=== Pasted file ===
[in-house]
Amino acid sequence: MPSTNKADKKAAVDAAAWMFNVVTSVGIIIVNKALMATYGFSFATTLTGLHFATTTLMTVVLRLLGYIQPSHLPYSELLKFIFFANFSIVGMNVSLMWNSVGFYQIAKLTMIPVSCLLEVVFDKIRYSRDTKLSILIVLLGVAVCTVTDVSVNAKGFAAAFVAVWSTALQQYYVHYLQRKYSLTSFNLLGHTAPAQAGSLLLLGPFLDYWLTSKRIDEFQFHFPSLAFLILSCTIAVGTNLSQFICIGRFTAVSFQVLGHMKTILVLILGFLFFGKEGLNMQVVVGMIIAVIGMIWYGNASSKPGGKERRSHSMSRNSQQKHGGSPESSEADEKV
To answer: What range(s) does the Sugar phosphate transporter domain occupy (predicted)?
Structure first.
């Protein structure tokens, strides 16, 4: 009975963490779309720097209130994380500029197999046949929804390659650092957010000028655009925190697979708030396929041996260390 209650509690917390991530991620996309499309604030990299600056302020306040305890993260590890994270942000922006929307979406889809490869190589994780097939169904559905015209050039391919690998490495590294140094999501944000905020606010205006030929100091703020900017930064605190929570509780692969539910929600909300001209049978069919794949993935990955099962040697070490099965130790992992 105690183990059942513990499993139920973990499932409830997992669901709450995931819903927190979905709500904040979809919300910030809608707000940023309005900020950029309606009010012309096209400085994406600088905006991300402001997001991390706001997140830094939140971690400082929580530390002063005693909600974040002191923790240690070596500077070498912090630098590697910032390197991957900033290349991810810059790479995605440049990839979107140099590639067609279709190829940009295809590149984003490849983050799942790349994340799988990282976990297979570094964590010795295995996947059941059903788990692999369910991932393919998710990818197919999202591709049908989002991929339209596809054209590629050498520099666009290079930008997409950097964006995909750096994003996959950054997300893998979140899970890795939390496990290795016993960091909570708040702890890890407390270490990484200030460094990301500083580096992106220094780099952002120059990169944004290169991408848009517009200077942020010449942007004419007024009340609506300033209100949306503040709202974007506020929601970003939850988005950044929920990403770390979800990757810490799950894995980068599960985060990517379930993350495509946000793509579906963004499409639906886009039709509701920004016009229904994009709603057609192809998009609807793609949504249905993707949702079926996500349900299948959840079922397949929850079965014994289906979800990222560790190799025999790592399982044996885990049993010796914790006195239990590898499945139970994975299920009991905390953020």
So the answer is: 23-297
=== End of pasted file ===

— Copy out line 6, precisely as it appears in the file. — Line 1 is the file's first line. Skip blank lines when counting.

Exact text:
So the answer is: 23-297